“The big surveillance net will no longer simply be swung across the land, the population and the world, as long as Congress passes the proposals. This will not be enough for civil rights organizations, but it is more than was expected. And it is sure to annoy the secret services.”

Volksstimme Magdeburg said: “At first sight, it seemed as if US President Obama would get through to his intelligence services, after the outrageous revelations on surveillance practices of his intelligence services.

“He would stop the huge collection of communicative data, the private sphere and the civil rights of all people should be better protected. And Obama is even expressly banning his secret services from spying on heads of government.

“But on a closer examination, Obama’s speech turns out to be a placebo for his critics, the effects of which will not last for long. When it comes to a matter of national security, the intelligence services are allowed to continue spying…Obama points out, quite reasonably, that surveillance must be permitted to prevent acts of terrorism. And yet it was under just this cloak that the mass collection of the NSA first started.”

READ MORE: Obama tells Merkel to not worry about spying

For more stories about Germany, join us on Facebook and Twitter

DPA/The Local (news@thelocal.de)

Your comments about this article

Today's headlines
Sudeten Germans give up 'right to homeland'
Sudeten Germans practising traditional dance at a gathering in 2014. Photo: DPA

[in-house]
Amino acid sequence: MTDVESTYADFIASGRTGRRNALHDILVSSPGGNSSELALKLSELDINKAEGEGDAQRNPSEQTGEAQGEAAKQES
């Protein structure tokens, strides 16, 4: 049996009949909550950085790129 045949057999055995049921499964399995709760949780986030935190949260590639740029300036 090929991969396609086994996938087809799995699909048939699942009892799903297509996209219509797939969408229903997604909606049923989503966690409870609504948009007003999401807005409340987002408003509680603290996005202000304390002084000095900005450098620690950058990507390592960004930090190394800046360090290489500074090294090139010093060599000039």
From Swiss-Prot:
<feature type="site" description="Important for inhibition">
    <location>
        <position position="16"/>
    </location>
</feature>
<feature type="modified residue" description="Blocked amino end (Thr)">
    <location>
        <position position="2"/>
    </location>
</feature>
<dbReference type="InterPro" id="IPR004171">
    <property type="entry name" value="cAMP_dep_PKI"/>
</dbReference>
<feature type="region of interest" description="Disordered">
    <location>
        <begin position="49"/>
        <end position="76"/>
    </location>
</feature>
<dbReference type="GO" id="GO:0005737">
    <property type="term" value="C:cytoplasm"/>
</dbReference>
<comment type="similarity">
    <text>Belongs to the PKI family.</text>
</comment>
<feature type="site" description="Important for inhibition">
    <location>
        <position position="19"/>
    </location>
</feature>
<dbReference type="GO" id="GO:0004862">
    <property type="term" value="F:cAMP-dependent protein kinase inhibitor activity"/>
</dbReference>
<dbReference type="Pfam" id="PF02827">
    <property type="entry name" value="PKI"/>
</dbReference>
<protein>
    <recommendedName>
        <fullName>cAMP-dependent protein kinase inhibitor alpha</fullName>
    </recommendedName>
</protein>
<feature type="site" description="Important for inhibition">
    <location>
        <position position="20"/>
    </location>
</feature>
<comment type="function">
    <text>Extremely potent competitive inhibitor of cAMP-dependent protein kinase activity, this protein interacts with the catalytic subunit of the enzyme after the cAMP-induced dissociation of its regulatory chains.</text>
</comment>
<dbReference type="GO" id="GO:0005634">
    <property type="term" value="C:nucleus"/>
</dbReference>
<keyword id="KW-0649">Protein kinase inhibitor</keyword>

Sudeten Germans give up 'right to homeland'

The Sudeten German Homeland Association has given up its claim to the group's former home in parts of the Czech Republic, quieting one of the final echoes of the Second World War. READ  

Minister draws fire over wage transparency plan
Families Minister Manuela Schwesig. Photo: DPA

Minister draws fire over wage transparency plan

Families Minister Manuela Schwesig confirmed on Sunday that she wants a new law allowing women to compare their wages with men doing similar work, provoking angry reactions from employers. READ  

Police wind down Bremen terror response
Heavily-armed police on patrol outside Bremen cathedral. Photo: DPA

Police wind down Bremen terror response

Police in Bremen said that the risk of a terrorist attack had been reduced in the city after they arrested two suspected arms dealers. The city remains under high alert, with special protection for the Jewish community. READ  

Germany's Schäuble softens Greece tone
Photo: DPA

Germany's Schäuble softens Greece tone

German Finance Minister Wolfgang Schäuble said Sunday Greece's new hard-left government needs "a bit of time" but is committed to implementing necessary reforms to resolve its debt crisis. READ  

UK Pegida rally dwarfed by counter-demo
Photo: DPA

UK Pegida rally dwarfed by counter-demo

An estimated 375 people turned out for the Germany-based PEGIDA movement's first demonstration in Britain on Saturday, but were outnumbered by a 2,000-strong crowd of counter-protesters, police said. READ  

Greek PM vows to 'start working hard' after vote
Photo: DPA

Greek PM vows to 'start working hard' after vote

Greek Prime Minister Alexis Tsipras vowed Friday to "start working hard" to implement vital reforms in the stricken eurozone country, after Germany's parliament approved a four month extension to its bailout. READ